Celeste Watkins-Hayes, professor of sociology in LSA and of public policy in the Gerald R. Ford School of Public Policy, has been appointed a University Diversity and Social Transformation Professor.

The University Diversity and Social Transformation Professorships recognize and reward faculty for outstanding contributions to excellence through their commitments to promoting diversity, equity and inclusion.

The Board of Regents approved her appointment Sept. 17.

“Dr. Watkins-Hayes is an outstanding researcher and award-winning teacher, whose work focuses on concerns related to diversity, equity and inclusion,” said Susan M. Collins, provost and executive vice president for academic affairs.

“She is also deeply engaged in bringing research to bear on key public policy questions. We are pleased to recognize her multifaceted contributions by naming her a University Distinguished Diversity and Social Transformation Professor.”

Watkins-Hayes will maintain the appointment for five years. She also will receive special faculty fellow status at the National Center for Institutional Diversity and spend at least one semester as a faculty fellow-in-residence.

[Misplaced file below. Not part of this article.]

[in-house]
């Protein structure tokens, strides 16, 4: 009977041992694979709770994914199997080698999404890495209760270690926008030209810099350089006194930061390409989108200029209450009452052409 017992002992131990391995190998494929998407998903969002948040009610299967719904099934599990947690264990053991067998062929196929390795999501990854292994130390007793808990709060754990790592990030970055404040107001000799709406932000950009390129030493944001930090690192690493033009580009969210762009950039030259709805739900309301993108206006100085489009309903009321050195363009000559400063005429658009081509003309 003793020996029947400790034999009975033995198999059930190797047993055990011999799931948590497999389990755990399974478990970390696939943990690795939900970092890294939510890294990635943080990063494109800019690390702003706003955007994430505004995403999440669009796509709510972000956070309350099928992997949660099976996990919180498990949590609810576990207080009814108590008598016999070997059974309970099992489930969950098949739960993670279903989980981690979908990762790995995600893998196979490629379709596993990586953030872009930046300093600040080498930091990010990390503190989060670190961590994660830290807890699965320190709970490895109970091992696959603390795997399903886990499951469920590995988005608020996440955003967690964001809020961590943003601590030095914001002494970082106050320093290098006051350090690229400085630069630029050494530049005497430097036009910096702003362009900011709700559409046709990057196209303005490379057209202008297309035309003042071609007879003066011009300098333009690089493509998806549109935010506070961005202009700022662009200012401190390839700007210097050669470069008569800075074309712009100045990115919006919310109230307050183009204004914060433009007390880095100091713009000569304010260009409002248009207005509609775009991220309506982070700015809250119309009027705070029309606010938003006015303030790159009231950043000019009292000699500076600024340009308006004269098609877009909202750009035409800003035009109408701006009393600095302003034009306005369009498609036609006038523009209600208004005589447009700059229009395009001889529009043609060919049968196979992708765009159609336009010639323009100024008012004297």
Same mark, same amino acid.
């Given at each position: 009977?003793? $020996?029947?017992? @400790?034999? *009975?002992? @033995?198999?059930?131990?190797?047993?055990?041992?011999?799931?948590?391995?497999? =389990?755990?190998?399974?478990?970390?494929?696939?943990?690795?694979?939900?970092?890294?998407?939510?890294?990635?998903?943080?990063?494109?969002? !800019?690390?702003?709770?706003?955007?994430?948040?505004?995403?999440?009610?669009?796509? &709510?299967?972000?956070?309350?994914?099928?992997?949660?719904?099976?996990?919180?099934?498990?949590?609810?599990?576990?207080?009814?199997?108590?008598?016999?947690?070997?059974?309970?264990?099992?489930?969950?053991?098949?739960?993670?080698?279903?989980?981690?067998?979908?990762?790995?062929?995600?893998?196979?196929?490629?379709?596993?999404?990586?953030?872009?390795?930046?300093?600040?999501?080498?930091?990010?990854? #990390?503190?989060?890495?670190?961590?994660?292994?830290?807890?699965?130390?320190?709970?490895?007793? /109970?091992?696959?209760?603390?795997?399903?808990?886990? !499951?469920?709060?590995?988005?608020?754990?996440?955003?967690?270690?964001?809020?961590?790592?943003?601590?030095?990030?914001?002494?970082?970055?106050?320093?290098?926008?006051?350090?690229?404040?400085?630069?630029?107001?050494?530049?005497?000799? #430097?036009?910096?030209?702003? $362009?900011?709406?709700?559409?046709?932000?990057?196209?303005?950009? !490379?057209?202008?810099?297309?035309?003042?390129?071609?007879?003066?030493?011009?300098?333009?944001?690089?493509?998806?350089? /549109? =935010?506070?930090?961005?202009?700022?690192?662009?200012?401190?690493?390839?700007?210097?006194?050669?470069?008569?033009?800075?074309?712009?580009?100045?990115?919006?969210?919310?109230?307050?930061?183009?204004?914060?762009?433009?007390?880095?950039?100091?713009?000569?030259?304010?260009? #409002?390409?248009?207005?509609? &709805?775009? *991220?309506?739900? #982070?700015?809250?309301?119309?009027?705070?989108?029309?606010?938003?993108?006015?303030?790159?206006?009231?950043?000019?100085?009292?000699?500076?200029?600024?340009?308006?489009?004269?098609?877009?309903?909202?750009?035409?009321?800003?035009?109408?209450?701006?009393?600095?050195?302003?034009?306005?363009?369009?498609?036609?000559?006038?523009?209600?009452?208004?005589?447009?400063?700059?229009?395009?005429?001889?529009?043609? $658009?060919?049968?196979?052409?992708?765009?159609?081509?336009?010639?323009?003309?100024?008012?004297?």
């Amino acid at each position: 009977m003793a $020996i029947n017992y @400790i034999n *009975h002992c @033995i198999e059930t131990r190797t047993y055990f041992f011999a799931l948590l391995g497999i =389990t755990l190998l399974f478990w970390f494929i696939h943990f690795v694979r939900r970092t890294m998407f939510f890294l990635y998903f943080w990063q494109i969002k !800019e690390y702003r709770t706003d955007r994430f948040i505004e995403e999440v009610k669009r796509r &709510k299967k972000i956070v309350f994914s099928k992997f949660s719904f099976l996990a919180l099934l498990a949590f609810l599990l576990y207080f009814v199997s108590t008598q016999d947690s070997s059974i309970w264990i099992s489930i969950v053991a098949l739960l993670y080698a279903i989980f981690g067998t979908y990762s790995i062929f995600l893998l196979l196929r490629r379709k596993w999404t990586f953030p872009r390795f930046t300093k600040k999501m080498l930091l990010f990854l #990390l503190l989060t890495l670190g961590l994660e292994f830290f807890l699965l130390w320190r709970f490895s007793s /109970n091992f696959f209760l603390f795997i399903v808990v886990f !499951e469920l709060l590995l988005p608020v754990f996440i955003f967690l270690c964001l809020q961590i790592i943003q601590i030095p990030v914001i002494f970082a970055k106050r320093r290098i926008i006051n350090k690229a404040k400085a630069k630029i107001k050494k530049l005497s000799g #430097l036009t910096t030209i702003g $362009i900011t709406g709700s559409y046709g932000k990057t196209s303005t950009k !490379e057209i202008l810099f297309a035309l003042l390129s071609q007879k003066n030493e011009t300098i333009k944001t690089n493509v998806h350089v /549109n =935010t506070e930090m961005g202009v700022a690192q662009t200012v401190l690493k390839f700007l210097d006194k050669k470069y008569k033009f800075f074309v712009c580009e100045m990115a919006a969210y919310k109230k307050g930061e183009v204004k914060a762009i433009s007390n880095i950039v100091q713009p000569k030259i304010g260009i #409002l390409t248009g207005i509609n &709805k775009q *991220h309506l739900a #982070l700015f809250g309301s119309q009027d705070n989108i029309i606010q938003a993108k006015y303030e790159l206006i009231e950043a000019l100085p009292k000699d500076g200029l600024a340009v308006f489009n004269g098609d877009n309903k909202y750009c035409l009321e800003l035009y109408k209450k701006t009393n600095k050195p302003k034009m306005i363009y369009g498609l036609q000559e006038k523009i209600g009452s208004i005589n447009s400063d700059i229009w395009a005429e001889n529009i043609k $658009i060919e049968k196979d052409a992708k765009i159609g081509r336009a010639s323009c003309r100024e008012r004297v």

“The University Diversity and Social Transformation Professors are exceptionally accomplished senior scholars who, throughout their careers as faculty, have made significant contributions to knowledge innovation and production,” said NCID Director Tabbye Chavous, professor of psychology and education. “They are also leaders and innovators in the application and use of scholarship for institutional change, within higher education and the broader society.”

Vincent Hutchings, Amy Schulz, Daphne C. Watkins and Camille Wilson were named UDSTP professors earlier this year.

Watkins-Hayes, who also is the Jean E. Fairfax Collegiate Professor of Public Policy, is an internationally-recognized scholar and expert on HIV/AIDS, urban poverty, social policy, and racial, class and gender inequality. Her work illuminates social problems of great interest to scholars, communities and policymakers.

Her first book, “The New Welfare Bureaucrats: Entanglements of Race, Class, and Policy Reform,” examines how public resources are distributed to low-income families by exploring how the work experiences and racial, class and gender identities of public workers shape the new welfare system.

Originally published in The University Record.